I embrace at the same time this opportunity of communicating to you also those alterations or rather acquisitions, which by the conclusion of peace at Luneville, and by those changes arisen from it in consequence, this city has attained. The two mediating pow⟨ers⟩ Russia and France judging it most conducive for the general interest, that out of the great number of free cities in Germany 6 of them, viz Augsburg, Nürnberg, Franckfurth a/m, Lubeck, Hamburg & Bremen, should be supported in their freedom and in⟨de⟩pendence, it was resolved, in order, that those cities might poss⟨ess⟩ and enjoy the most perfect neutrality, that all property lying with⟨in⟩ their walls and boundaries, should be surrendered to them entire⟨ly⟩ and not be subject to any claim whatsoever from any foreign power; in consequence of this resolution, the city of Bremen acquired several villages the town of Vegesak (the harbour of that name was already its possession before) the Dom or the great cathedra⟨l⟩ Church of the Lutherans, and about 200 Houses in the city, all which belonged formerly to the Electorate of Hannover; it was further resolved, that those cities in all future wars of the Empire, should not be compelled to pay military contributions, under any name or pretext whatsoever. All those determinations, are chiefly for Hamburg and Bremen of the greatest importance, as those cities in a future war at Sea, will be enabled thereby to carry on a very extensive and lucrative trade, the belligerent powers being deprived of every pretext not to consider these cities as perfect neutral, and the hanseatic flag will in future appear with much less fear on the different seas than in any of the foregoing wars. On the part of France, the very important proposition for Bremen was also made, that the duty on the Weser, called Elsflether duty should be annihilated also, however the Duke of Oldenburg, Proprietor of said duty, opposing strongly to it, and being seconded by Russia, great doubts are entertained, whether this great point for Bremen will be carried, the more so, as it is finally resolved, that the sundry duties on the Rhine should also continue, for the maintainement of the Arch-Chancellor of Germany, the present Elector of Ashaffenburg, and for several other disbursements.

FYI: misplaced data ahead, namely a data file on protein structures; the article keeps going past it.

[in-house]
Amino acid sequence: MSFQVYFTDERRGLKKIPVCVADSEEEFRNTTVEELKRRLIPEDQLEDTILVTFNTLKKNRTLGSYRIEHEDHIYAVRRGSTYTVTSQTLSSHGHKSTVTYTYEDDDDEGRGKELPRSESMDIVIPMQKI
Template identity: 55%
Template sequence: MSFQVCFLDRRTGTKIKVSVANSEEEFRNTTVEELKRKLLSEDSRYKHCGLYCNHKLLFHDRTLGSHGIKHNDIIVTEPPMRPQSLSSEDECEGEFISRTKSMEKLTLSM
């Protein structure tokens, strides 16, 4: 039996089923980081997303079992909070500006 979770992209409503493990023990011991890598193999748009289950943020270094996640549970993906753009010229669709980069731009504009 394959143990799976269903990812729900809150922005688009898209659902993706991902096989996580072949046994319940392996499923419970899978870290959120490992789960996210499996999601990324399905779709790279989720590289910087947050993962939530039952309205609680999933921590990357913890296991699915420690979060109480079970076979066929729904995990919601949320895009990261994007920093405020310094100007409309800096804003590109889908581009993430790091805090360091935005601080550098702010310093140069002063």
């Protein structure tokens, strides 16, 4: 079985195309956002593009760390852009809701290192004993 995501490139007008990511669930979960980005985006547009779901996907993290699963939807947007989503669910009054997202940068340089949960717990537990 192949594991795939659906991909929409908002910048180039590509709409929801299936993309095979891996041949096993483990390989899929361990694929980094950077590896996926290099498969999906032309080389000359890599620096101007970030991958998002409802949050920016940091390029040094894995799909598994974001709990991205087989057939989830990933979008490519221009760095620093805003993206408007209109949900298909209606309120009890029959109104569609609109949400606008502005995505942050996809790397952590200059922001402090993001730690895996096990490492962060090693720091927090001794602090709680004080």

As for the other various alterations in Germany, which to give the particulars of, would require and immense time, I think them too little interresting for the US, and out of my way to give a Statement thereof. Should you nevertheless request it, I shall not fail to wait upon you with the same in so much as lies in my power. Only I beg leave still to remark, although Germany appears, by these great changes, divisions and losses, in the Eyes of the world, as a very weak and impotent body of state, yet those alterations, where so many small regencies and especially eclesiasticals, are annihilated entirely, tend more to promote, the true welfare and internal strenght of this great body, than to its disadvantage; the constitution of the german Empire, it is true, has been injured by it greatly, however this constitution, was injured before so frequently by the great and powerful members of the german Empire themselves, that by no means this can be considered a great loss. The Deputation at Regensburg will not sooner dissolve, befo⟨re⟩ all those new determinations and alterations are distinctly regulated, to avoid all future discussions on this subject. May they attain to this noble purpose in a short time; and be led in their deliberations by liberal and equitable principles ⟨so⟩ as to give general satisfaction.
As the winter of this year has been very severe and lasting and interrupted our navigation entirely for upwards of two months, I have been prevented thereby of transmitting you this report any sooner, wherefore I flatter myself you will excuse this delay; at the same time I beg you to accept the assurance of the most profound respect, with which I have the honor to subscribe, Sir! Your most obedient humble Serva⟨nt⟩
Fredk Jacob Wichelhausen